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United States Department of Agriculture

Agricultural Research Service

Title: Temporal Variability of Enterococci Species in Streams Impacted by Cattle Fecal Contamination

Authors
item Molina, Marirosa - US-EPA
item Fisher, Jared - US-EPA
item Johnson, Bonita - US-EPA
item Jackson, Charlene

Submitted to: American Society for Microbiology Meeting
Publication Type: Abstract Only
Publication Acceptance Date: March 15, 2005
Publication Date: June 5, 2005
Citation: Molina, M., Fisher, J., Johnson, B., Jackson, C.R. 2005. Temporal variability of enterococci species in streams impacted by cattle fecal contamination. American Society for Microbiology Meeting. Q-330.

Technical Abstract: Temporal variability in the gastrointestinal flora of animals impacting water resources with fecal material can be one of the factors producing low source identification rates when applying microbial source tracking (MST) methods. Understanding how bacterial species and genotypes vary over time is highly relevant when the fecal material used to create a source library is collected under very different seasonal conditions than the environmental sample. Our objective is to identify and compare the temporal variability of enterococci species in cattle manure and in streams directly impacted by cattle manure. The sites under study are located in farms where cows have unrestricted access to the streams. Enterococci were isolated monthly from water and manure samples using membrane-Enterococcus Indoxyl-*-D-Glucoside agar (mEI) as described in EPA method 1600. The isolates were identified using a multiplex PCR procedure that targets the genus and a species-specific gene (superoxide dismutase). mEI counts from the water samples indicated that May and November had the largest (725 cfu/100 ml) and lowest enterococci (71 cfu/100 ml) concentrations, respectively. Eight species were identified in cattle manure, of which E. casseliflavus (37%), faecium (22%) and hirae (18%) were the most abundant. Nine species were identified in stream samples with E. faecalis (43%), casseliflavus/flavescens (34%), and hirae (11%) being the most abundant. September exhibited the highest species abundance in manure samples while March had the highest species abundance in stream water samples. E. Asini and E. malodoratus were only detected in manure samples, but were not detected in water samples. In contrast, E. durans, gallinarum and sulfureus were only isolated from the stream samples. Cluster analysis revealed strong seasonal and spatial variability of groups of enterococci. This study suggests that in order to increase the validity of MST methods, it is necessary to consider temporal variability when constructing source libraries and designing the sampling scheme of the source material.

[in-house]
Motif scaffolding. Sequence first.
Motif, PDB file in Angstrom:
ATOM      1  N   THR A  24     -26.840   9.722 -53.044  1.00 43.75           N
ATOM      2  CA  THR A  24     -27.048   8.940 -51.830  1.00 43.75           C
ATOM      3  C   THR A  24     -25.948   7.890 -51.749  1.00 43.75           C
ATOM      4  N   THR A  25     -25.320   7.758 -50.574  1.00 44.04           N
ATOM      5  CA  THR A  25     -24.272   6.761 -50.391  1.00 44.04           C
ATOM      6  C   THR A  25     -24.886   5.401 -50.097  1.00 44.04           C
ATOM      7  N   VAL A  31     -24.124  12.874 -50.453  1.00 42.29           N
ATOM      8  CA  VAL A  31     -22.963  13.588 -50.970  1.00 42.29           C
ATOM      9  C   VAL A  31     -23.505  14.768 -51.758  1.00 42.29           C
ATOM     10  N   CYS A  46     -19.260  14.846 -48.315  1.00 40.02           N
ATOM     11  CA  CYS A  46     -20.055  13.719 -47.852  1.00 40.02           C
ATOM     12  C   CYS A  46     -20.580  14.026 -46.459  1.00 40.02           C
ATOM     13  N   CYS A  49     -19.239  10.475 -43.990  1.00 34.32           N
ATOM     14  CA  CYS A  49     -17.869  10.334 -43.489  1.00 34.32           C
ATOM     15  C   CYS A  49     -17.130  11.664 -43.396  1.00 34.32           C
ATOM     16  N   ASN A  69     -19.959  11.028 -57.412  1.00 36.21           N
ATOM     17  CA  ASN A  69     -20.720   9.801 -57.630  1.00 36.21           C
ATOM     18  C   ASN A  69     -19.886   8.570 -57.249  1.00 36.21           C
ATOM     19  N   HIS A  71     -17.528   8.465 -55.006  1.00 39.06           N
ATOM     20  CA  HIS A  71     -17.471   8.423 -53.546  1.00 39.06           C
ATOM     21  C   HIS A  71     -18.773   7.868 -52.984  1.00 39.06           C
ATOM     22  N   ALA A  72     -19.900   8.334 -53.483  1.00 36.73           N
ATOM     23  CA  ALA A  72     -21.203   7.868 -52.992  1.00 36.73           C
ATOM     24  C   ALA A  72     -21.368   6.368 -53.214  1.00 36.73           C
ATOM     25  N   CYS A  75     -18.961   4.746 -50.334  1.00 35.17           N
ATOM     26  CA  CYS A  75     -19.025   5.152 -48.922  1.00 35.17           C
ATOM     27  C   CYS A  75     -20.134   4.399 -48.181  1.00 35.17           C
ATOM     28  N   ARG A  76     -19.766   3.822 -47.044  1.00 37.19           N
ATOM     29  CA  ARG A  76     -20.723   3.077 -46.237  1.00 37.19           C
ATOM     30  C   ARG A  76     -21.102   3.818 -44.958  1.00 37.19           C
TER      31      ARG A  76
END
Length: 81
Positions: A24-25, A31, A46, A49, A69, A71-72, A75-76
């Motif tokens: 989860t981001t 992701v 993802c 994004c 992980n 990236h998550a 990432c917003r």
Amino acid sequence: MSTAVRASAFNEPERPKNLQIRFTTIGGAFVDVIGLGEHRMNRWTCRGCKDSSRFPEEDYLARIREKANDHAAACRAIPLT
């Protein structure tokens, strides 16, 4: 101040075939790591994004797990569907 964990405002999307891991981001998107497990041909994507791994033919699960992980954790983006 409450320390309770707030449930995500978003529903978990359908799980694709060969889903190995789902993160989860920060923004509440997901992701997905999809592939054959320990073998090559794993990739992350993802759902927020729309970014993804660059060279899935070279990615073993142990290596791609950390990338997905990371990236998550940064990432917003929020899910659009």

Last Modified: 9/2/2014
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